My Compass in Life

What is your compass in life? When you know a change of direction is needed, where do you look? Or how do you check yourself to make sure you’re still going the right way?

For Latter-day Saints, you can hardly say the word “compass” in a gospel context without evoking the Liahona, which the prophets Nephi and Alma called “a ball, or director” (1 Nephi 16:10, 16; Alma 37:38). It was provided by the Lord to help Nephi’s family on their journey through the wilderness south of Jerusalem and then across the ocean. Wrote Nephi, “within the ball were two spindles; and the one pointed the way whither we should go into the wilderness” (v. 10). Nephi relied on the Liahona and frequently referred to it so his family would take the path the Lord wanted them to—which will be the best path under any circumstances.

A compass is great for helping with general direction. But what about guidance in specific situations?

With the Liahona, the Lord had it covered. Nephi recounted, “And there was also written upon [the spindles] a new writing, which was plain to be read, which did give us understanding concerning the ways of the Lord; and it was written and changed from time to time, according to the faith and diligence which we gave unto it” (1 Nephi 16:29). So not only did the Liahona feature spindles to direct their feet, but it contained writing that changed according to their need under varying conditions.

Through the gift of the Holy Ghost, obtained by the laying on of hands after baptism, we can receive this kind of direction.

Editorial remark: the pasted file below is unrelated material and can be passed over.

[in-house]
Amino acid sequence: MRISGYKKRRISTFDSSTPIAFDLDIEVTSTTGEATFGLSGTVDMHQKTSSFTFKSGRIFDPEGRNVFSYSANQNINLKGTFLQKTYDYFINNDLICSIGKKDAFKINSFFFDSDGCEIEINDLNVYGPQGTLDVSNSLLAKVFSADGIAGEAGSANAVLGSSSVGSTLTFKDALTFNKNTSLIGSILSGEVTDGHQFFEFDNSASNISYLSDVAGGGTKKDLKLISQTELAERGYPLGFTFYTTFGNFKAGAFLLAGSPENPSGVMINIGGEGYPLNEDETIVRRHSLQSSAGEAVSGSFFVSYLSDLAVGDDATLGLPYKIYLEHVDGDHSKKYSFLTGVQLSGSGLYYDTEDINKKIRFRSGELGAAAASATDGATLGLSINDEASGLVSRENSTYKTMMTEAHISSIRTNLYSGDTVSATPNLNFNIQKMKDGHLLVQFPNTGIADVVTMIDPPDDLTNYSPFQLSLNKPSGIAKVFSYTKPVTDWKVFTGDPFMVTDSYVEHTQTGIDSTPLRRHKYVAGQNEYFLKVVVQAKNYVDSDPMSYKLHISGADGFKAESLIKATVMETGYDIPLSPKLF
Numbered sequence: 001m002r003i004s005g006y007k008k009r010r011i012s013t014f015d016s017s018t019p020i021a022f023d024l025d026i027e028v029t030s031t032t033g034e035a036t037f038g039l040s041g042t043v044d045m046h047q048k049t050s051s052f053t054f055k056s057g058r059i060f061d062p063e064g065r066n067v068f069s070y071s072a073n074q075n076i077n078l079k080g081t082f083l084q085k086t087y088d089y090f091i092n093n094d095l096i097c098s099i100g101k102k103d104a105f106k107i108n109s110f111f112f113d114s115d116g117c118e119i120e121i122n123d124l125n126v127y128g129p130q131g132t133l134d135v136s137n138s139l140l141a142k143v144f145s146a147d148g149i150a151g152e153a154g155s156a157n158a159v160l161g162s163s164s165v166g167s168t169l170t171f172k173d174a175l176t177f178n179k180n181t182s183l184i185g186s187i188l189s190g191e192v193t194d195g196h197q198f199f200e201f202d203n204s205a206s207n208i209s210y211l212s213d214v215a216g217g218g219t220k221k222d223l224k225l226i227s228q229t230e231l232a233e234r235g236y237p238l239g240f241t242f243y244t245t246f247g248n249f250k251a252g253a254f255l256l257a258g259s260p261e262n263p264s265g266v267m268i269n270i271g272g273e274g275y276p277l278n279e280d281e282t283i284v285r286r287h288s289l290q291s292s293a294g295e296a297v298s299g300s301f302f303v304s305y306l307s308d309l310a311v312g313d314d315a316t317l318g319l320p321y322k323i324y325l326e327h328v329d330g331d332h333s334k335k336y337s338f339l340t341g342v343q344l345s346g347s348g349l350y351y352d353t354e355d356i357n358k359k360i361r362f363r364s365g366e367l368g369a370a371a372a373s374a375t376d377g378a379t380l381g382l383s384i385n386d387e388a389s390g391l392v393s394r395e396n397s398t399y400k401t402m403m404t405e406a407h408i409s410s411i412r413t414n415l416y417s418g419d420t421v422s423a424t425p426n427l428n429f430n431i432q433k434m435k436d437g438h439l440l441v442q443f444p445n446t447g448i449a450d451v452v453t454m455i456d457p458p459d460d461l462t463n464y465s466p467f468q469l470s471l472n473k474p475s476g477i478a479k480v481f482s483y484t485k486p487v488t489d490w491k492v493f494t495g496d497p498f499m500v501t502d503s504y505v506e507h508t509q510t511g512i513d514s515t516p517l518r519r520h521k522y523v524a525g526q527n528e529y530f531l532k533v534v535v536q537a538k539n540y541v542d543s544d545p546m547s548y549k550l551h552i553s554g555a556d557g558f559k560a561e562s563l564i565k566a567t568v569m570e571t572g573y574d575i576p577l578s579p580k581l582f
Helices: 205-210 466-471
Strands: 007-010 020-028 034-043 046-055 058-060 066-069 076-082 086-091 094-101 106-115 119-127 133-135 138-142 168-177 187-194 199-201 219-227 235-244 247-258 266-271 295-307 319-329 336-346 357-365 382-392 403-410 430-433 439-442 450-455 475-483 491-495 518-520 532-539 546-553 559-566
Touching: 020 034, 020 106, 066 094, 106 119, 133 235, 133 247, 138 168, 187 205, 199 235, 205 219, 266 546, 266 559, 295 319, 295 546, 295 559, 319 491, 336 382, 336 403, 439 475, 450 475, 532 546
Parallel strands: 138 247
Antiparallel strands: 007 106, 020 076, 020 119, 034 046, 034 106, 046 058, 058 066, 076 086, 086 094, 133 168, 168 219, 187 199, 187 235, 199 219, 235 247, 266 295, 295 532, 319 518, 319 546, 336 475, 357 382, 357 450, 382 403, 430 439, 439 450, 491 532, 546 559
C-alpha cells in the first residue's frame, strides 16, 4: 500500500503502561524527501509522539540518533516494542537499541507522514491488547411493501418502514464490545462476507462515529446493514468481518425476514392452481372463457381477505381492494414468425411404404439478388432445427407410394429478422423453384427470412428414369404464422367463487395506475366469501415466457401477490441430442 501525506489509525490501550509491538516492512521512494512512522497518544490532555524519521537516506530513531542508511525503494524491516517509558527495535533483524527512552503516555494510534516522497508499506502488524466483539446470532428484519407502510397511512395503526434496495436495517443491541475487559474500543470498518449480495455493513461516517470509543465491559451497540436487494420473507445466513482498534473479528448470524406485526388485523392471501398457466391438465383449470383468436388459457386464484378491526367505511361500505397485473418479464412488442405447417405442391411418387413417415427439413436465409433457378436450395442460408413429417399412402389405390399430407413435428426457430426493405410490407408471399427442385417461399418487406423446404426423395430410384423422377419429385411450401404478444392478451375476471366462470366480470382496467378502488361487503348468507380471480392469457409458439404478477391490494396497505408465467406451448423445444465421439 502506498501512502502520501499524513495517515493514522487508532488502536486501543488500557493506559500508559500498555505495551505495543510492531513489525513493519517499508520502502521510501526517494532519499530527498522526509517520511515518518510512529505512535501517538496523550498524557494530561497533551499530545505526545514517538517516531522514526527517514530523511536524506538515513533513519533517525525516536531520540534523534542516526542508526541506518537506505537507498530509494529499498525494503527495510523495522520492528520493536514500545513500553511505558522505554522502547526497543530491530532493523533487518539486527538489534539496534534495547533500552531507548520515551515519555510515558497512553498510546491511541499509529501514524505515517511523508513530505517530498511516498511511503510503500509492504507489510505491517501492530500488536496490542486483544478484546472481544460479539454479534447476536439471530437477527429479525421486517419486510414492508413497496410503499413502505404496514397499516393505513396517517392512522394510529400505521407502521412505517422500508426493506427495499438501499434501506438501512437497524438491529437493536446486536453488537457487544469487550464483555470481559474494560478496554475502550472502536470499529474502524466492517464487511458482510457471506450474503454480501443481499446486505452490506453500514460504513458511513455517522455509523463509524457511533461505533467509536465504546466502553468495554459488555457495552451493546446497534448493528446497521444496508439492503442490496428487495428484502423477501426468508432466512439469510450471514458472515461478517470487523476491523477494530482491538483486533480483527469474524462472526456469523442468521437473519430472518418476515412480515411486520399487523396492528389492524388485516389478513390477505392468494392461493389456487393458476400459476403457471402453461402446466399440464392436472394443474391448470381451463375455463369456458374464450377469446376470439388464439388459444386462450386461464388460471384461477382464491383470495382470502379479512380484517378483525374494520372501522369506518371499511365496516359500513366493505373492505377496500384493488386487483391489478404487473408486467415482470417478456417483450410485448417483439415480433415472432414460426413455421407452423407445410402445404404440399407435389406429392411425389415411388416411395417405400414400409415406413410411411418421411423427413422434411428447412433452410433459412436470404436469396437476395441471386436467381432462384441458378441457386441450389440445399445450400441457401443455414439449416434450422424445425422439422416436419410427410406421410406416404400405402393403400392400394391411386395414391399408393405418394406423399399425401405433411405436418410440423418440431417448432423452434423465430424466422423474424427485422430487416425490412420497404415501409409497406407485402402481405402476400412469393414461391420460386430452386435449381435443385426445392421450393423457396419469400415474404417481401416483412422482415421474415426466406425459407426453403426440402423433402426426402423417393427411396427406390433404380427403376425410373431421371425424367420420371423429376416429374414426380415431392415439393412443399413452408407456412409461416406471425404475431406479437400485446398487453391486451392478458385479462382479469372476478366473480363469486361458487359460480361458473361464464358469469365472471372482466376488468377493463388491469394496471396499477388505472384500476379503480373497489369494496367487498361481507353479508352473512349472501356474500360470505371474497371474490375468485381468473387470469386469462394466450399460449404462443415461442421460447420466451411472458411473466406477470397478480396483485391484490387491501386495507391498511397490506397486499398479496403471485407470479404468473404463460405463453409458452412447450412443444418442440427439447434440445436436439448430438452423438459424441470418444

In the Parable of Grandma’s Photograph, Emmaline kept a picture of her deceased grandmother to help her when she felt she needed some guidance. She would think of what she knew about her grandmother and what she might counsel Emmaline to do if she were there. For me, this represents both a relationship with the Lord who is not physically with us, and then drawing upon that relationship to learn the best way to handle any given situation.

I have heard the phrase “What would Jesus do?” used tritely. Beginning somewhat recently, when faced with a challenging situation where I’m unsure what to do, I have been finding that it’s more useful to me to ask, “Did Jesus ever encounter a similar situation? If so, how did He handle it? If not, how might He?” This approach requires me to be familiar with what is recorded about His mortal life in the New Testament. If the answer isn’t there, then it requires me to know His character enough to discern what I should do. Sometimes, the answer seems obvious. At other times, it may take an answer from the Holy Ghost.

Emmaline had that relationship and at least some of that kind of knowledge about her grandmother. The picture itself gave her a way to focus on her grandmother’s influence. For us, it may be the scriptures, prayer, attending church and the temple, priesthood blessings, hymns, or any other thing that invites the influence and guidance of the Holy Ghost that will act as that catalyst for revelation.

I’m finding that by thinking about the Savior in this way, by comparing my experiences to His and drawing from that what I should do, He becomes more real to me. It makes Him more a part of my life. It makes Him even more my Guide and strengthens my relationship with Him. His example and the opportunity to seek revelation to direct my choices are ever present.

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The Fisherman’s Warning: A True Parable